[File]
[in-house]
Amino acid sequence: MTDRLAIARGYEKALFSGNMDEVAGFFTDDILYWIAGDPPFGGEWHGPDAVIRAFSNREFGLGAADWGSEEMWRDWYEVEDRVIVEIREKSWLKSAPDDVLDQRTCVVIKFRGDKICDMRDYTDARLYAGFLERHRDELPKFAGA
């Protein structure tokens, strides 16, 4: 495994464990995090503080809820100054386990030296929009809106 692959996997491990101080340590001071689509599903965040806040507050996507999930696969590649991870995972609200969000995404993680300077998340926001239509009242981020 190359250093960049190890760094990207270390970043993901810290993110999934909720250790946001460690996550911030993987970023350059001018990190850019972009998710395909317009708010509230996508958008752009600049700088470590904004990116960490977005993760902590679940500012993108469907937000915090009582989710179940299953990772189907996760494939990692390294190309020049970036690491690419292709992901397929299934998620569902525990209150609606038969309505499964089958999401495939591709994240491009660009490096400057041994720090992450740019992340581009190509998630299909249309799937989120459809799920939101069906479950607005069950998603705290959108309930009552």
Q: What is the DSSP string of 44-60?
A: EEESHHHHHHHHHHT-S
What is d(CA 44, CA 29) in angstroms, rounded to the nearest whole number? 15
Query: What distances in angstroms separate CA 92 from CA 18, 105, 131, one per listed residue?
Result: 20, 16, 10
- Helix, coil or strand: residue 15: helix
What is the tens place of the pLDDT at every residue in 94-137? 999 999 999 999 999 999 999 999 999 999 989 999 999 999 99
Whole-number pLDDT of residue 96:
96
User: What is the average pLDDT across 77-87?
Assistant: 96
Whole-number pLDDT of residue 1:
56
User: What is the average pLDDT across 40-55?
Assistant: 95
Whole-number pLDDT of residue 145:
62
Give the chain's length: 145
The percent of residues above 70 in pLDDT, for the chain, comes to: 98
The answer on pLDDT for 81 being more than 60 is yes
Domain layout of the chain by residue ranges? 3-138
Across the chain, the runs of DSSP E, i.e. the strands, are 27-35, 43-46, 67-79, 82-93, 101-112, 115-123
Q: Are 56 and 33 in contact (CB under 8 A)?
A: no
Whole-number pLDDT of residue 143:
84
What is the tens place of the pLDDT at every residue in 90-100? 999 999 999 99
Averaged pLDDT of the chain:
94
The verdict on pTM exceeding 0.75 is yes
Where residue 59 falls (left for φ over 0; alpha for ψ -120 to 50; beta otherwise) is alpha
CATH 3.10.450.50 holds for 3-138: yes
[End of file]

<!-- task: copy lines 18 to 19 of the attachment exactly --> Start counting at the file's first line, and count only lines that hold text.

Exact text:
Assistant: 95
Whole-number pLDDT of residue 145: